Let nothing that follows detract from B.B. King’s indelible legacy — a legacy that, though King died early Thursday at 89, stands unparalleled in the history of the blues. He was an incredible guitarist — “without a doubt the single most important electric guitarist of the last half century,” as AllMusic put it. He helped create a ornamented, horn-heavy version of minimalist Mississippi Delta blues without sounding like a cheesy lounge act. And he was a stand-up guy: diabetes advocate, philanthropist, friend of U2’s Bono.
“From his humble beginnings as a plantation worker to his rise to world-class status as king of the blues, King not only personifies every guitarist’s version of the great American dream, he stands as a true model among men,” Guitar Player wrote in 2007. “His philosophy of life and dedication to his art form the bedrock of a remarkable 60-year career dedicated to self-improvement and universal brotherhood. A consummate musician and entertainer, King has touched and inspired people of every age, race, and creed.”
B.B. King left his mark on the blues — and generations of guitarists
Stamina: You might prefer Robert Johnson, Muddy Waters, Howlin’ Wolf or Albert King, but none of these survived long enough to be “ambassador of the blues,” as King was called. Well into his ninth decade, this guy toured until he dropped. Even John Lee Hooker died at 83.
King played on street corners. He played the “chitlin’ circuit.” He played “The Ed Sullivan Show.” He played with younger, more famous rock star admirers. He played the White House. He played casinos. He played for presidents.
“Out of all these years of playing, I guess I’ve missed about 10 or 15 days,” King told CBS in 2013.
Okay, that might be an exaggeration. No, King didn’t tour 350 days per year. He just averaged 300 shows a year for 47 years, by one accounting in 1995. To put that in perspective: A working stiff with a 9-to-5 job who first clocks in age 22 works about 250 days per year for 43 years before retiring at 65.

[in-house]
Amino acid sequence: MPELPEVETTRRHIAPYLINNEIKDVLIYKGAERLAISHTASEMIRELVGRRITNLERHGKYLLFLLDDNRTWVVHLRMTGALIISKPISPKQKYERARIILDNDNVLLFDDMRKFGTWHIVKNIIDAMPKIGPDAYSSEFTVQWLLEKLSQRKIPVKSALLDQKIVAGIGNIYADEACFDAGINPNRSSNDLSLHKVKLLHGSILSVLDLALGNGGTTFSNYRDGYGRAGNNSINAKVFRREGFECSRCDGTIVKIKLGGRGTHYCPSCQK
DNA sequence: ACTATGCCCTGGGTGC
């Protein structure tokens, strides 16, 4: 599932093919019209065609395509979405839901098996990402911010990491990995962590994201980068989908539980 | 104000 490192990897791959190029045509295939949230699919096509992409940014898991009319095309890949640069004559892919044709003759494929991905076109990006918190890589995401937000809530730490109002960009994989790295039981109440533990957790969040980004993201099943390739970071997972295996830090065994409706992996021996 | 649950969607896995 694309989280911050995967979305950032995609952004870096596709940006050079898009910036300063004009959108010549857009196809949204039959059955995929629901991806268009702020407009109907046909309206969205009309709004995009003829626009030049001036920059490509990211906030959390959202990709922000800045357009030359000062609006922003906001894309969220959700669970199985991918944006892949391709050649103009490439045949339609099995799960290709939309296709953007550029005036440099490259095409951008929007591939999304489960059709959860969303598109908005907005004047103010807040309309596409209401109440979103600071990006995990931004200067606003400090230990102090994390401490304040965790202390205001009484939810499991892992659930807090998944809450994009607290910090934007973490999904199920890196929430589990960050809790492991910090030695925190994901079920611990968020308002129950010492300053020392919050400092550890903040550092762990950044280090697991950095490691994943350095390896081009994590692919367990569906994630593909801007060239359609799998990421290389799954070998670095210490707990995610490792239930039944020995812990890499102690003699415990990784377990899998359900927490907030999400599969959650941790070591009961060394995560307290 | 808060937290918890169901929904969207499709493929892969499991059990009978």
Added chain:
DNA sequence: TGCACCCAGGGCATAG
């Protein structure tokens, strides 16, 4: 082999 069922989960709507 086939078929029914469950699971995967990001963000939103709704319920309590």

So, in sum: B.B. King probably worked harder than you do, probably worked longer than you do or will, and probably lived longer than you will. And unless you’re Jeff Beck, Keith Richards, Jimmy Page or Eric Clapton, he was a better guitar player than you, too, according to Rolling Stone.
Oh, right: Many of the 14,000 shows he played — again, by 1995 — were one-nighters.
“I like to feel that I pay my own way, no free lunch,” he said in 1986. “… I’m not inventing anything that’s going to stop cancer or muscular dystrophy or anything, but I like to feel that my time and talent is always there for the people that need it. When someone do say something negative, most times I think about it, but it don’t bother me that much.”
The bluesman as cultural resource: Sure, documentarians such as Alan Lomax may have made field recordings, but this was a role King embodied. He had no artistic crisis. He played with U2 and appeared in “Spies Like Us,” but never ditched his genre for an ill-conceived full-time acting career or entered into an indulgent electronica phase. Like the constellations or the little black dress, he was steady, consistent, familiar. And even after playing “The Thrill is Gone” tens of thousands of times, he was always on his toes.
“I look at an audience kind of like meeting my in-laws for the first time,” he said. “You want to be yourself, but you still want to be somebody that they like.”
In a world where Radiohead won’t play “Creep,” this philosophy — giving the people what they want — may not have much of a future. This is why criticism of King’s recent slipshod performances seems so totally off-base. Naysayers weren’t necessarily wrong. But in the presence of such greatness, they were irrelevant.
As Brooklyn Vegan put it: “No matter how bad the show is (or expensive the tickets are), you shouldn’t boo B.B. King.”
So let the microscopic percentage of B.B. King performances that might have been “erratic” fade into obscurity. Artists of King’s stature approaching 90 — and there are precious few of them — don’t need to be innovators; they need to be institutions. From Truman to Obama, this man was there, inventing, re-inventing and then preserving a uniquely American art form.
Forget what Neil Young said: Stars that don’t burn out or fade away are the best kind.
“I’m gonna do this till I die, folks,” King said.